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Coca-Cola, PepsiCo, Nestlé named top plastic polluters in global audit of plastic waste
Coca-Cola Company, PepsiCo and Nestlé continue to be the world’s biggest plastic polluters, according to data compiled by the global environmental organization Break Free From Plastic.
The group had more than 14,000 volunteers in 55 countries in Asia, Europe and North America collect nearly 350,000 pieces of tossed plastic to trace the source of the waste and published its results Monday as part of a push to reduce single-use plastics.
The audit found that 63 per cent of the plastics examined were clearly marked with a consumer brand name.
Volunteers collected plastic from city streets, parks, forests, beaches, coastal areas and other sites where plastic waste accumulates. Because of the COVID-19 pandemic, about 13 per cent of the items examined came from audits of waste discarded indoors — in homes, offices, schools and elsewhere.
The group also relied on data collected by more than 300 so-called waste pickers. These are people who make a living by salvaging reusable or recyclable materials from landfill or other waste disposal sites.
The brand audits were conducted between Aug. 1 and Sept. 30. Volunteers identified 44 different retail brands in Canada and found the highest number of plastic items they collected came from Costco, followed by PepsiCo, SC Johnson and Walmart.
Break Free From Plastic said the top three companies on the list, well known for the plastic bottles used to package their product, have made the list every year since the group’s first brand audit for plastic polluters was conducted in 2018.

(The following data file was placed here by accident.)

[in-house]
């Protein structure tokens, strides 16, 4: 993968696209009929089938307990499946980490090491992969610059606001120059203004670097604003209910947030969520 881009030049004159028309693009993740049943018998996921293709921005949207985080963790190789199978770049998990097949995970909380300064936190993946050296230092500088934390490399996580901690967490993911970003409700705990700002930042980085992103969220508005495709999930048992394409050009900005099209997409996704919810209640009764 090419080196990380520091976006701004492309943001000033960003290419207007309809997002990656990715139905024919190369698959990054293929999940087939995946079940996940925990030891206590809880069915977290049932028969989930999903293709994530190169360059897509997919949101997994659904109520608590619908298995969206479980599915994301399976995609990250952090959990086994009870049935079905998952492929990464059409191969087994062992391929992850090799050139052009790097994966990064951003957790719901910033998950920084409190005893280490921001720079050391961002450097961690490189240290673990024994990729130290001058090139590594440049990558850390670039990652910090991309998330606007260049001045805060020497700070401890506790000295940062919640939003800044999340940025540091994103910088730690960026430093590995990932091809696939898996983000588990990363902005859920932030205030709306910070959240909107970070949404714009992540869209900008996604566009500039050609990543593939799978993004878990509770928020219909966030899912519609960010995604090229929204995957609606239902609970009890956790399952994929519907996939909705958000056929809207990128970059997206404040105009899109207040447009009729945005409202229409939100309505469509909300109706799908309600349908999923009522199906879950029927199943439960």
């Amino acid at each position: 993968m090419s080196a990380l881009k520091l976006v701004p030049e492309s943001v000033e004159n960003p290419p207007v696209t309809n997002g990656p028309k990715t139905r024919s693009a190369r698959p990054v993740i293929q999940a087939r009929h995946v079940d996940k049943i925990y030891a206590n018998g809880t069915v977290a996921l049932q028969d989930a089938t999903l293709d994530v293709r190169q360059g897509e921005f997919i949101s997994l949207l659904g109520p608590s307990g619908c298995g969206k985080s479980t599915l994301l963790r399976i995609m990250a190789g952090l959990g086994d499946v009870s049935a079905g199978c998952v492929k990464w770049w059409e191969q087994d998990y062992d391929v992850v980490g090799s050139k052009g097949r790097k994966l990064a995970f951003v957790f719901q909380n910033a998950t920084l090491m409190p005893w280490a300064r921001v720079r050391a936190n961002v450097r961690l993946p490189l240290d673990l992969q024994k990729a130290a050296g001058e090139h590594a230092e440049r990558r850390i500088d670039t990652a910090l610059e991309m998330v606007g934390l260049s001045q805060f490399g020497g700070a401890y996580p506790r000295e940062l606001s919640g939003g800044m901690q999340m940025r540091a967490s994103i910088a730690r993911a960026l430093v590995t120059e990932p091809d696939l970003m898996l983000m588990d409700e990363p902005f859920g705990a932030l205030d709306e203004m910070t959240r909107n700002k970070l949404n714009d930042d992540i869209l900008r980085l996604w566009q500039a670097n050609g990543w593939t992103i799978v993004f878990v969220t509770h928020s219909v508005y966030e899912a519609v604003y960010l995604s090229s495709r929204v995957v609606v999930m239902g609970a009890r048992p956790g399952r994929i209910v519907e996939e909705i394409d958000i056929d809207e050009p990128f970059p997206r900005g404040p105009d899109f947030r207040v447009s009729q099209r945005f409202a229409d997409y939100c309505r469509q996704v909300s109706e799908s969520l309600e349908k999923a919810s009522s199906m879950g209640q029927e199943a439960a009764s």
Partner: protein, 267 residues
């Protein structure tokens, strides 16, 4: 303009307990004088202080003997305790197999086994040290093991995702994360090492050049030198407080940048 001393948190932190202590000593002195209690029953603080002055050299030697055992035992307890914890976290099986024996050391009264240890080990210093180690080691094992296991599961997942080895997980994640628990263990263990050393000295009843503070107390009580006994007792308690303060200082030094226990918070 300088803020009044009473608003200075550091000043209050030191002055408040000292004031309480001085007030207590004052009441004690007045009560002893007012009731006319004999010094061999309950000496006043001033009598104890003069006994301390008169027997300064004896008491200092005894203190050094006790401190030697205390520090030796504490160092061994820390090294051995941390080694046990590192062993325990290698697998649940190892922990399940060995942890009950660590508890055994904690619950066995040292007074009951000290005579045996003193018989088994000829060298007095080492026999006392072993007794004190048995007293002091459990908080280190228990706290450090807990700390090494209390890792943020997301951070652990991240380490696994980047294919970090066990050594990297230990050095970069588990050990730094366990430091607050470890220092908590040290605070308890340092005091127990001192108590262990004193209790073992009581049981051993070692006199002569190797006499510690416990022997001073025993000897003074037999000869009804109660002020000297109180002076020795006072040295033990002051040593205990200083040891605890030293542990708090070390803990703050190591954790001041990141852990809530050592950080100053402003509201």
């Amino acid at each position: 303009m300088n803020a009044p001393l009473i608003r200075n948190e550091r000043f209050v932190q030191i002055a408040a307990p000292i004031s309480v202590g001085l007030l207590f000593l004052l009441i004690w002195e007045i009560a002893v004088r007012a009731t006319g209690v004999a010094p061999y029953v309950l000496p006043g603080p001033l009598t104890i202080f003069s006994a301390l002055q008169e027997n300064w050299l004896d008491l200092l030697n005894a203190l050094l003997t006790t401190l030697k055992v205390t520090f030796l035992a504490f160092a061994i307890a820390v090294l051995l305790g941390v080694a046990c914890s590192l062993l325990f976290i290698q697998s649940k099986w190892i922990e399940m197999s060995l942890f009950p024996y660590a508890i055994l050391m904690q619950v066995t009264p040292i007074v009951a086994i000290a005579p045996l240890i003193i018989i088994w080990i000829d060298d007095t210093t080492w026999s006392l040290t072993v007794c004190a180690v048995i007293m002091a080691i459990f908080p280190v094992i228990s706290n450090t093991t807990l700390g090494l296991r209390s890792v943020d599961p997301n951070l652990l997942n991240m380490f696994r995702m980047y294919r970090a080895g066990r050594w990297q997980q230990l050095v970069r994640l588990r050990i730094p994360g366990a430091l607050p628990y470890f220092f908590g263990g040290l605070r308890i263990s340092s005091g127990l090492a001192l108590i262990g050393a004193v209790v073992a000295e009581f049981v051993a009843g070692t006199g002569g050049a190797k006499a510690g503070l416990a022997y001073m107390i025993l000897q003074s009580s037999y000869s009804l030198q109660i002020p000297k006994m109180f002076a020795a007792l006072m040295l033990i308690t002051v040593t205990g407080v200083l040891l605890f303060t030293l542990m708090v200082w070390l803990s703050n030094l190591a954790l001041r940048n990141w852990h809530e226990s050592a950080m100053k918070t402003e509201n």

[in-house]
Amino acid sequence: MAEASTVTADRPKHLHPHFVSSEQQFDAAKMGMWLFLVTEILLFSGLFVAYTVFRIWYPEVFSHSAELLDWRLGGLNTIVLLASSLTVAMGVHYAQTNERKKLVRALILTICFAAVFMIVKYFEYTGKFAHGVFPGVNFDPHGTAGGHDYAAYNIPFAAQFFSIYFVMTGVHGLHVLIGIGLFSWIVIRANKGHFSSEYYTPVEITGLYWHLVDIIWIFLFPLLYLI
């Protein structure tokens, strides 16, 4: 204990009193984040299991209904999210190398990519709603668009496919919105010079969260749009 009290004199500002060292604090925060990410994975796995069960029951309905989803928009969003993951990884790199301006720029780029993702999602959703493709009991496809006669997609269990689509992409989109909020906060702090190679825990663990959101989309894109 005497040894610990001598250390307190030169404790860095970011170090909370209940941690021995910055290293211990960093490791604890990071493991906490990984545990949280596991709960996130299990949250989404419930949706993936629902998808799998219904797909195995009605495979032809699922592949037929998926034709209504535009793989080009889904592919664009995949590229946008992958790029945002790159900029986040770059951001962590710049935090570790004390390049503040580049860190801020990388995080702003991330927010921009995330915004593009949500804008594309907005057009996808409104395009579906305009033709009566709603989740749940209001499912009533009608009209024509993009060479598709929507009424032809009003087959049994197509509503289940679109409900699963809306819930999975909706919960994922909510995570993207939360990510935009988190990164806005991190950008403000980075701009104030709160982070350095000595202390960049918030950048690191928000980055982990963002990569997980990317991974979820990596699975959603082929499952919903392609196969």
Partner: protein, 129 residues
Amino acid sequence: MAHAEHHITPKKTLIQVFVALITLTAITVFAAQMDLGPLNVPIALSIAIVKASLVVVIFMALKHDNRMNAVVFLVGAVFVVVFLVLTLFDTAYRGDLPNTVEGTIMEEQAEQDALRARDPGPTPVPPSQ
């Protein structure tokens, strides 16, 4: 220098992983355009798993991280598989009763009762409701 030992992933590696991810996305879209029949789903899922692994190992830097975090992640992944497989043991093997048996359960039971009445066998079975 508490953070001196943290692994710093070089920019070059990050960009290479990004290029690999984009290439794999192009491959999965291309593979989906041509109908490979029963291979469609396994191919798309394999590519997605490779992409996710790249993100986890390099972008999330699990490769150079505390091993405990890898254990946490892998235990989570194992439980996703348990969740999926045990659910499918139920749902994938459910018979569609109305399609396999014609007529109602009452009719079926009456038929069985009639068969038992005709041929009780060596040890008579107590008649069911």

The Coca-Cola label was discovered in more countries than the two plastic-polluting firms that were next on the list. All three companies have said they are working to address wasteful packaging — but at least one environmentalist alleges they are instead ramping up their use of plastic.
The group acknowledged the limitations of relying on self-reported data submitted by participants from around the world.
“The data submitted is a sample of global plastic waste and cannot claim to be fully representative of all plastic pollution,” the report said. “It is possible that some brands not captured in this report may produce even more plastic pollution than those listed in this report.”
It also said that while it tried to match brands with their parent companies, it’s possible that some brand-parent company correlations were missed because the data included “thousands of brands and parent companies from many countries in different languages.”